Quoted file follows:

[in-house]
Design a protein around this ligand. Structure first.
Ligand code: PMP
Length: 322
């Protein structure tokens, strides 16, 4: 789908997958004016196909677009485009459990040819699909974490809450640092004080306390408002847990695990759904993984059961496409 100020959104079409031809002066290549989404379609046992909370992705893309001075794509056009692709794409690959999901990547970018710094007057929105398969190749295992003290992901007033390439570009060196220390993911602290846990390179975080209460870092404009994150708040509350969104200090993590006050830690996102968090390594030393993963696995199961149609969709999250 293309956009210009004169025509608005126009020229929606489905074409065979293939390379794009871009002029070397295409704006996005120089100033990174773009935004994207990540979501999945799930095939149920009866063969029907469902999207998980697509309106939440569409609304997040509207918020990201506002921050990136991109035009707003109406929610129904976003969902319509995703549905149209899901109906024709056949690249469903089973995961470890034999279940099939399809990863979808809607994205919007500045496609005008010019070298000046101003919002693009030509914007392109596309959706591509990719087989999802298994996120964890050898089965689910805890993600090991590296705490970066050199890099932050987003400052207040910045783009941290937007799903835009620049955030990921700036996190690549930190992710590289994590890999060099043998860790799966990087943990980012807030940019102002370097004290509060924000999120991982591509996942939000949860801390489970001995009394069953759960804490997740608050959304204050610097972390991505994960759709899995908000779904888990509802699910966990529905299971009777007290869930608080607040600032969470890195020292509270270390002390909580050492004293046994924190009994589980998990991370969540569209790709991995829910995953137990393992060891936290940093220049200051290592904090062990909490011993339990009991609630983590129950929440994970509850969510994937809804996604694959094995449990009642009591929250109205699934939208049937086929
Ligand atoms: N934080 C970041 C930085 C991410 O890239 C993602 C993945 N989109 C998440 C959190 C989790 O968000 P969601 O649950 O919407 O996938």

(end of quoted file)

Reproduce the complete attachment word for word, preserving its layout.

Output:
[in-house]
Design a protein around this ligand. Structure first.
Ligand code: PMP
Length: 322
């Protein structure tokens, strides 16, 4: 789908997958004016196909677009485009459990040819699909974490809450640092004080306390408002847990695990759904993984059961496409 100020959104079409031809002066290549989404379609046992909370992705893309001075794509056009692709794409690959999901990547970018710094007057929105398969190749295992003290992901007033390439570009060196220390993911602290846990390179975080209460870092404009994150708040509350969104200090993590006050830690996102968090390594030393993963696995199961149609969709999250 293309956009210009004169025509608005126009020229929606489905074409065979293939390379794009871009002029070397295409704006996005120089100033990174773009935004994207990540979501999945799930095939149920009866063969029907469902999207998980697509309106939440569409609304997040509207918020990201506002921050990136991109035009707003109406929610129904976003969902319509995703549905149209899901109906024709056949690249469903089973995961470890034999279940099939399809990863979808809607994205919007500045496609005008010019070298000046101003919002693009030509914007392109596309959706591509990719087989999802298994996120964890050898089965689910805890993600090991590296705490970066050199890099932050987003400052207040910045783009941290937007799903835009620049955030990921700036996190690549930190992710590289994590890999060099043998860790799966990087943990980012807030940019102002370097004290509060924000999120991982591509996942939000949860801390489970001995009394069953759960804490997740608050959304204050610097972390991505994960759709899995908000779904888990509802699910966990529905299971009777007290869930608080607040600032969470890195020292509270270390002390909580050492004293046994924190009994589980998990991370969540569209790709991995829910995953137990393992060891936290940093220049200051290592904090062990909490011993339990009991609630983590129950929440994970509850969510994937809804996604694959094995449990009642009591929250109205699934939208049937086929
Ligand atoms: N934080 C970041 C930085 C991410 O890239 C993602 C993945 N989109 C998440 C959190 C989790 O968000 P969601 O649950 O919407 O996938």